Not much in the way of words, but I made this a while back when I was thinking about him and I been thinking about him this past week a lot too.
It’s a calavarita- Mexican-folk inspired, like a Day-0f-The-Dead sugar skull. I lived in Guanajuato, Mexico for 6 months back in 2002, and was lucky enough to participate with a family’s celebration of the holiday. It’s a beautiful time of year (October/November) to visit Mexico. Especially the City of Guanajuato, which at that time hosts the Cervantino festival, a monstrous, 4-week arts celebration that turns the tiny town into a mini Mexico City for a month. It’s amazing.
But anyways, that time of year rolls around and Mexicans make sugar skulls and put them everywhere. They make them in memory of their dead loved ones. My dad died when I was 18 so he never knew I got a degree in Spanish or that I lived in Mexico, or that I live in FL now. I think he would be glad to know I quit smoking. He died of lung and prostate cancer, back before they could do too much for prostate cancer and even celebrities like Michael Landon fell prey to it.
Guess since we’re talking about death and Mexican folk art I should mention that, if you haven’t already noticed, I love Mexican art and it does tend to influence my style. In fact this blog is named after one of Frida Kahlo’s paintings:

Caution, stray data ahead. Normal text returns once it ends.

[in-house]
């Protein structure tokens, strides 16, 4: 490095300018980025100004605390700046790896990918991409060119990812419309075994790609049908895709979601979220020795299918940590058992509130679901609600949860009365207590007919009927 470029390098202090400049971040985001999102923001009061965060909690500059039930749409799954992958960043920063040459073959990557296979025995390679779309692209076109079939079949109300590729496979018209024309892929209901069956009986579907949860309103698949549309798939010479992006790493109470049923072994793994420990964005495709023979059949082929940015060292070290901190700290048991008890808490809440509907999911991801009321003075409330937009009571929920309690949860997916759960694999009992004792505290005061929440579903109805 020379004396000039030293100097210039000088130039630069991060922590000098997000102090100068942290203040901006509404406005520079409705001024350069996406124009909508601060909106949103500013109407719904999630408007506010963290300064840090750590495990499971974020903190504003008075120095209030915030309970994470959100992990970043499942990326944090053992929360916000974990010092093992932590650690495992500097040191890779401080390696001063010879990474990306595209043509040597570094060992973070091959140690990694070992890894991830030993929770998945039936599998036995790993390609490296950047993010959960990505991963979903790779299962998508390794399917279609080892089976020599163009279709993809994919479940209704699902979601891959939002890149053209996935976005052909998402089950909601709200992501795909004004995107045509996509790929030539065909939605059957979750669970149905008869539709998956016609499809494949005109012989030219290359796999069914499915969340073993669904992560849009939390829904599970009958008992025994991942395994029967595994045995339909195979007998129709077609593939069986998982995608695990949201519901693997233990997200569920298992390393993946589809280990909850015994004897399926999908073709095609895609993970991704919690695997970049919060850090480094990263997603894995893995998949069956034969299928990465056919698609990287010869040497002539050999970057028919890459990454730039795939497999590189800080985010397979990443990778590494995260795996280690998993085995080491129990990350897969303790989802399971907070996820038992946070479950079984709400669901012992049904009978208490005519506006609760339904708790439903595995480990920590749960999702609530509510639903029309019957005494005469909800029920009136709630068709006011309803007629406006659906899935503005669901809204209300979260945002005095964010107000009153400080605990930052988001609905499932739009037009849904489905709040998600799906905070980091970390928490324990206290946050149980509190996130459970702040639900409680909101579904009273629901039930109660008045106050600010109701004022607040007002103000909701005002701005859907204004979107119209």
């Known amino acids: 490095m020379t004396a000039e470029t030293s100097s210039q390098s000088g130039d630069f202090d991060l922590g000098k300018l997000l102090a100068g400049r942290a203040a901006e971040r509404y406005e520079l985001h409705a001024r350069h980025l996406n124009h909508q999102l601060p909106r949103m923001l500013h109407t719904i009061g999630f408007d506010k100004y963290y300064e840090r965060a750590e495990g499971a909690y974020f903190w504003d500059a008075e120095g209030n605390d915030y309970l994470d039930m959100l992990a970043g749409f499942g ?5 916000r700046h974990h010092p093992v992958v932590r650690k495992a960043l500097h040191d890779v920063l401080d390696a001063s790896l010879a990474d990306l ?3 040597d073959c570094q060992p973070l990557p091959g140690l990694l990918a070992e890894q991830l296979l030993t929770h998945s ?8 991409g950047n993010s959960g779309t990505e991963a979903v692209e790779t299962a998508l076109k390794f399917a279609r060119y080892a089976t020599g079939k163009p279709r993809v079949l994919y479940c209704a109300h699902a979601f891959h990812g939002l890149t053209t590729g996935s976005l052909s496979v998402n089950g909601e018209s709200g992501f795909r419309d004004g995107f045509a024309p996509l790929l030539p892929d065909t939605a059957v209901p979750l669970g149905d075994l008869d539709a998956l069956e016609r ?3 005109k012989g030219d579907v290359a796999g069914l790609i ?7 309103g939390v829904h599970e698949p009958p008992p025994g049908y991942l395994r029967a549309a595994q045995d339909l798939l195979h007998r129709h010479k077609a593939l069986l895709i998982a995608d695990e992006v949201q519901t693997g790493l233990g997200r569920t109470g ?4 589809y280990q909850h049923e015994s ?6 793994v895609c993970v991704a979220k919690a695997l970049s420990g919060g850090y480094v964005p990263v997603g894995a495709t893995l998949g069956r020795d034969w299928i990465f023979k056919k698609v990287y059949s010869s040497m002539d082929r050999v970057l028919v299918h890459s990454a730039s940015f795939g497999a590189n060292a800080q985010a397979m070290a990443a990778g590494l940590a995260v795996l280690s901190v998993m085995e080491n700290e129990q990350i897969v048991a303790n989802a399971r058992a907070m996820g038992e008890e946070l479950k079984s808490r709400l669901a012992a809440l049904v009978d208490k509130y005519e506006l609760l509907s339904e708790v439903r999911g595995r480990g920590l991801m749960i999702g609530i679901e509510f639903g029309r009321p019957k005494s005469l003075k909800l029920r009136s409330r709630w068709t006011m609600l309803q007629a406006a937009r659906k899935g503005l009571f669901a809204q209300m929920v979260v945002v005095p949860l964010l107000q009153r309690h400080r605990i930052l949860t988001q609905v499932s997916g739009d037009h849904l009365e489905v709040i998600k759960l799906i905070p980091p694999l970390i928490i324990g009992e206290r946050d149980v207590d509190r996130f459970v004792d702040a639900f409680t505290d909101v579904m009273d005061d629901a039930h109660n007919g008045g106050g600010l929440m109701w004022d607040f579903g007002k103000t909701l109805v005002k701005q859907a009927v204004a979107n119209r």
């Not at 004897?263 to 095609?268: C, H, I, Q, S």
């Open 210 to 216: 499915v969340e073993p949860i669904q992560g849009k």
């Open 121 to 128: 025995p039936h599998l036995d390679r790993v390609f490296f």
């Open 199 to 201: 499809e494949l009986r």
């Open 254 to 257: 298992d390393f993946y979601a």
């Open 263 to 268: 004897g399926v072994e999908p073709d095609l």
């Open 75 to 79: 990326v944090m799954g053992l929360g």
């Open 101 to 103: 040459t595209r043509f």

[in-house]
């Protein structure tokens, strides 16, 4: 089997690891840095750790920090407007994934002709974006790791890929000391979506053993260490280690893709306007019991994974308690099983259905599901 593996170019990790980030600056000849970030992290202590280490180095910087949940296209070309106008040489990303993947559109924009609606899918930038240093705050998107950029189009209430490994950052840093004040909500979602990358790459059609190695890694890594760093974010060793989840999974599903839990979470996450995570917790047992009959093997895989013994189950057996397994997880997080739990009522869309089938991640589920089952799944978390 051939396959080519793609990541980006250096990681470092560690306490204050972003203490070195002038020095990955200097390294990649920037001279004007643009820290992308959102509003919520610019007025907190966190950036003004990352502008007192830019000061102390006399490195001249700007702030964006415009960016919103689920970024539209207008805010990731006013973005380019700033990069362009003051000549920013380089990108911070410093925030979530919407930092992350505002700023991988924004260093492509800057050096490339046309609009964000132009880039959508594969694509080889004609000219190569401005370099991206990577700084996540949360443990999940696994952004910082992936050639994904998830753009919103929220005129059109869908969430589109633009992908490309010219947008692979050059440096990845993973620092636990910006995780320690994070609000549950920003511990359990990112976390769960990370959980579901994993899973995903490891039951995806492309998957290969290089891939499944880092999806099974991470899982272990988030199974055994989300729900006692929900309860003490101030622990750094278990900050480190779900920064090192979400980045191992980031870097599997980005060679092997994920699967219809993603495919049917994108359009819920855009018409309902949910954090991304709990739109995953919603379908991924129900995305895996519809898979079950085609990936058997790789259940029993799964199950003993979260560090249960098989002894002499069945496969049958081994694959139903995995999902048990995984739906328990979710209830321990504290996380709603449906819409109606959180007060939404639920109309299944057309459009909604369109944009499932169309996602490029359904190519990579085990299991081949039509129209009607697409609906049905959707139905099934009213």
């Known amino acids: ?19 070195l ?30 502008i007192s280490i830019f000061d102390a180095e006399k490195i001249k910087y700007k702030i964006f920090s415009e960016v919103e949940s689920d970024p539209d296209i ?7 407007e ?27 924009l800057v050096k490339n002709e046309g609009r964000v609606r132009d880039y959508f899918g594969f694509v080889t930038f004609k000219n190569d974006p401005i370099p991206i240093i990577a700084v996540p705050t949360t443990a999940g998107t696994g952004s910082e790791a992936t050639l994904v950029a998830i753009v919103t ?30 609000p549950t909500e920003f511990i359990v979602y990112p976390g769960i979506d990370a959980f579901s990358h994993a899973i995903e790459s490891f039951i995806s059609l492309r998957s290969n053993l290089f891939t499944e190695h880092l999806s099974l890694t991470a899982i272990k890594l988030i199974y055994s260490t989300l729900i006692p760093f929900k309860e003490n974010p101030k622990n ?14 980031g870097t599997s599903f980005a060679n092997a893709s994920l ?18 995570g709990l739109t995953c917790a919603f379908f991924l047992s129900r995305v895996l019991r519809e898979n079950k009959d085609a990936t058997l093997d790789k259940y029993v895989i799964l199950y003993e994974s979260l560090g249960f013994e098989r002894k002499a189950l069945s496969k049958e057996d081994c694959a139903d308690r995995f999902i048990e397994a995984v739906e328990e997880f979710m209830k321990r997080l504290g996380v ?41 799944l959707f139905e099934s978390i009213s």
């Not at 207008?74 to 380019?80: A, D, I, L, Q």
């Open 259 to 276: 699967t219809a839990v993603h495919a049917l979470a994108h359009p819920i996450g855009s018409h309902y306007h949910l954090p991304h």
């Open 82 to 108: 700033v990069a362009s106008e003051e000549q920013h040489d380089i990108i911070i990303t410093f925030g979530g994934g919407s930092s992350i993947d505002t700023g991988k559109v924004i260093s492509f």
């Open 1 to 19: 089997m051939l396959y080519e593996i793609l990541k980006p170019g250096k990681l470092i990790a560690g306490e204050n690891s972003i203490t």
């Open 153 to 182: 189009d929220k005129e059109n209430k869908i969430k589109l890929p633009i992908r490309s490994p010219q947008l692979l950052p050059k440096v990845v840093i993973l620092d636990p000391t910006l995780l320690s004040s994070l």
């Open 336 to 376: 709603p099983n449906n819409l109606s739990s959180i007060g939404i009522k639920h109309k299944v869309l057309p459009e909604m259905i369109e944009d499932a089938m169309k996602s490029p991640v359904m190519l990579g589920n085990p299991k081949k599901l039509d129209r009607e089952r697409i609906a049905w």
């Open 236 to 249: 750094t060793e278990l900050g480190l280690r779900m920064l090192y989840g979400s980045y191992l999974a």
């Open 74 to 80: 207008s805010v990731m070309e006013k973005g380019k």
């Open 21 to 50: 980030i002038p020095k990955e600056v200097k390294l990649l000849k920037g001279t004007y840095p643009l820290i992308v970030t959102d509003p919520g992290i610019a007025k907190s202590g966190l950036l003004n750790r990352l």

Khalo painted this in response to a news story in which a man had slain his wife brutally by stabbing her 22 times and then appealed to the judge, stating, “but it was just a few small nips!” Many of you already know this story but I think it bears repeating. I chose the title for the blog because we live in times that, while superficially different, haven’t changed that much at several institutional levels. Women still have to go on trial themselves in order to defend themselves against abuse and so very many of them don’t even bother.
Men still tend to think that women are there to serve them and since women’s rights crawl forward at a snail’s pace, there is now mounting hostility towards women who have the audacity to stand up for themselves and go through the fiery hoops of the judicial system to protect themselves.
Urban myths develop. Men have the idea that there’s this plague of false accusations flying around and “ruining the lives” of perfectly well-meaning men. Because men have been trained to believe that their lives are the only important ones in this world.
So thank you Frida Khalo, and thank you Dad. I wouldn’t be who I am without the influence of both of you.